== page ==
ore district[′ȯr ‚dis‚trikt]
a segment of the earth’s crust with deposits of a single ore or several genetically close ores; the deposits are associated with large tectonic structures, such as anticlinoria, synclinoria, median masses, shields, syneclises, and abyssal fractures. An ore district is part of an ore province.
Because the tectonic structures that determine the location of ore districts in folded structures are usually associated with faults and extend linearly in one direction, ore deposits are distributed within ore districts in the form of an extended ore belt. The ore belts range in length from several tens of kilometers to a few thousand kilometers and vary in width from several kilometers to a few hundred kilometers. The chief role here is played by faults, which facilitate the rising of ore melts from the earth’s interior. A distinction is made between ore belts controlled by basement faults, abyssal fractures, and ordinary faults. Basement faults do not penetrate the rocks of the upper structural layer but the traces are marked by the belts of ore deposits located in and extended along the rocks, as in the case of the Great Silver Belt of America, which stretches from Mexico to Peru and Bolivia. With abyssal fractures are associated the belt of magmatic deposits of chromites and titanomagnetites in the Urals, the chain of hydro thermal gold deposits in the Iana-Indi-girka-Kolyma Belt, and the belt of mercury deposits in the Altai-Saian District. Ordinary faults (thrust faults, normal faults, strike-slip faults) determine the position of the gold ores and complex ores of Middle Asia, the rare-metal ores of Central Kazakhstan, the copper-molybdenum ores of Armenia, and the copper-nickel ores of the Noril’sk Ore Region.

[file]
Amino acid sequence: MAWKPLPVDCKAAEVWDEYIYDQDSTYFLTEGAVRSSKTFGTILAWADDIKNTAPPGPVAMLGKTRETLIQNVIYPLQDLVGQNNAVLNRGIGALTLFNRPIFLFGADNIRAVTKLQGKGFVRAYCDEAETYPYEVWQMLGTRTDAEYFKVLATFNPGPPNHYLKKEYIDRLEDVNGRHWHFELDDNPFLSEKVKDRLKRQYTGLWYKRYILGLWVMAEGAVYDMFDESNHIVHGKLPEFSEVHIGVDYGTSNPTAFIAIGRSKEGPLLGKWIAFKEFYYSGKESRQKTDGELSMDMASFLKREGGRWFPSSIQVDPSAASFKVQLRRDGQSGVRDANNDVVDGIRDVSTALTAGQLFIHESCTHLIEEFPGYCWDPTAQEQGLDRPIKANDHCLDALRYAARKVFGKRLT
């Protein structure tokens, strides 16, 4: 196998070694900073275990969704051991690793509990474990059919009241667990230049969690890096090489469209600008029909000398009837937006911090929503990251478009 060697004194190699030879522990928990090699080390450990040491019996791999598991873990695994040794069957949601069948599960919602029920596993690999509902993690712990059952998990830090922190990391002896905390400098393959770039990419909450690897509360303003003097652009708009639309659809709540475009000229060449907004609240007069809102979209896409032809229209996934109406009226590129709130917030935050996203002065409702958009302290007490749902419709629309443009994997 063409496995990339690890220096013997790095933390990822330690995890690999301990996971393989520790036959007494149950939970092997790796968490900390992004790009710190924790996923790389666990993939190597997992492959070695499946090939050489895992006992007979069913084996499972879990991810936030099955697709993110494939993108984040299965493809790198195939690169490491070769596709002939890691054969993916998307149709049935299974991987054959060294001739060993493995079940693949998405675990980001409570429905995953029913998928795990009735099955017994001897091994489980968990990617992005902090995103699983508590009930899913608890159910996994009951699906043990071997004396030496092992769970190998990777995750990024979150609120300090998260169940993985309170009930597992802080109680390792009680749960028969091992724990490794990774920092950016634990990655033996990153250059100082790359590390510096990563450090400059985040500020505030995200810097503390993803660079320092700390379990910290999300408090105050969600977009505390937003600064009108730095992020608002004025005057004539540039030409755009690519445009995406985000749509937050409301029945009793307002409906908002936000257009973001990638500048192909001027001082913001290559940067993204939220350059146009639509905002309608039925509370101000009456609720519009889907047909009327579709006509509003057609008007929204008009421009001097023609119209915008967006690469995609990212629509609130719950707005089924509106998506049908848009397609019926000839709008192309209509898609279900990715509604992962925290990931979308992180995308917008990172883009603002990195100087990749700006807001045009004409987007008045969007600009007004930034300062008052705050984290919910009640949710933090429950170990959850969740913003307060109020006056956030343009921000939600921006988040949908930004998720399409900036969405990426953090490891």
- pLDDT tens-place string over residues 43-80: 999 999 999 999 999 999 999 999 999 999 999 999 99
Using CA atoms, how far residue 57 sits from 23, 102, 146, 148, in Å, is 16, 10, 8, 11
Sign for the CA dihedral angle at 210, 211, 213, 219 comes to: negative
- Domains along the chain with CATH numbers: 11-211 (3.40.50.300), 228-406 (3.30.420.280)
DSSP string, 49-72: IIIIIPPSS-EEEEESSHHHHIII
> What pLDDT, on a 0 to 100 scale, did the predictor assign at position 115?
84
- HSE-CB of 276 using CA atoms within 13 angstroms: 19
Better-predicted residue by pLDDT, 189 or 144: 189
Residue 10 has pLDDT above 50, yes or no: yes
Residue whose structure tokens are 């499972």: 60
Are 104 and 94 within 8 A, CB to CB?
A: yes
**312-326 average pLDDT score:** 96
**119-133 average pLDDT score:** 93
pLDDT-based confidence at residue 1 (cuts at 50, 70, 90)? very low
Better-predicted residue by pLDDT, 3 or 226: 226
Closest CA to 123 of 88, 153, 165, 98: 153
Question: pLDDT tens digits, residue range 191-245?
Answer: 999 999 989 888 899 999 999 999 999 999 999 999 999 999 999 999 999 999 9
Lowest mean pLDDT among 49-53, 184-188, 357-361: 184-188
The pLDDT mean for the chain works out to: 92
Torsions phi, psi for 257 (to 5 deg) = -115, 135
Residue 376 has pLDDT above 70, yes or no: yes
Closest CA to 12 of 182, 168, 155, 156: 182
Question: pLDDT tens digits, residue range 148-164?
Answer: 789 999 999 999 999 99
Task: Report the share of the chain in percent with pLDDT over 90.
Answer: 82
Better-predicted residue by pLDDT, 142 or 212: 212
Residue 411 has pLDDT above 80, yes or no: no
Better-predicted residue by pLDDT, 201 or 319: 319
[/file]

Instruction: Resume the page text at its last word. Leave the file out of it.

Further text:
The term “ore basin” is used to designate an ore district with a continuous areal distribution of stratiform ores, such as the Krivoi Rog Iron Ore Basin.
Ore regions, ore fields, and ore zones can be distinguished within ore districts and belts. An ore region is a geologically and geographically distinct territory within which there are developed deposits of particular ore formations, that is, groups of ore deposits of similar composition formed under similar geological and physicochemical conditions. A distinction is made between ore regions, with deposits of a single ore formation, and complex regions, with deposits of several formations belonging to one or several metallogenic epochs. The name of the ore region combines a geographic designation and the name of the most important metals in the region. Examples include the Iana-Adycha Tin Ore Region, the Aldan Gold Ore Region, the Mugodzhary Copper Ore Region, the Atasu Lead-Zinc Region, and the Fergana Antimony-Mercury Region.
An ore field is the aggregate of geographically close ore deposits common in origin and uniform in geological structure. Based on geological structure, ore fields are grouped as follows: magmatic deposits in masses of ultrabasic, basic, and alkaline rocks; skarn, pegmatite, albitite, and greisen deposits in the peripheral parts of granitic masses; hydrothermal deposits in the structures of areas of minor instrusions and dikes; hydrothermal deposits in volcanogenic structures; vein-type deposits in tectonically fractured structures; metamorphogenic deposits in the structures of zones of schist formation and flow-cleavage zones; and stratiform deposits in the structures of the stratification zones of volcanogenic and sedimentary rocks.
An ore zone is a band of rocks containing accumulations of ore minerals—irregular masses, veins, systems of veinlets, and areas of disseminated ore. It usually has the shape of a plate of variable width extended in plan view in one direction and dipping down at an angle. Zones vary widely in size and are sometimes tens of kilometers in length.
REFERENCESIzuchenie zakonomernostei razmeshcheniia mineralizatsii pri metallogenicheskikh issledovaniiakh rudnykh raionov. Moscow, 1965.
Smirnov, V. I. Geologiia poleznykh iskopaemykh, 2nd ed. Moscow, 1969.
Magak’ian, I. G. Tipy rudnykh provintsii i rudnykh formatsii SSSR. Moscow, 1969.
Kotliar, V. N. Osnovy teorii rudoobrazovaniia. Moscow, 1970.
V. I. SMIRNOV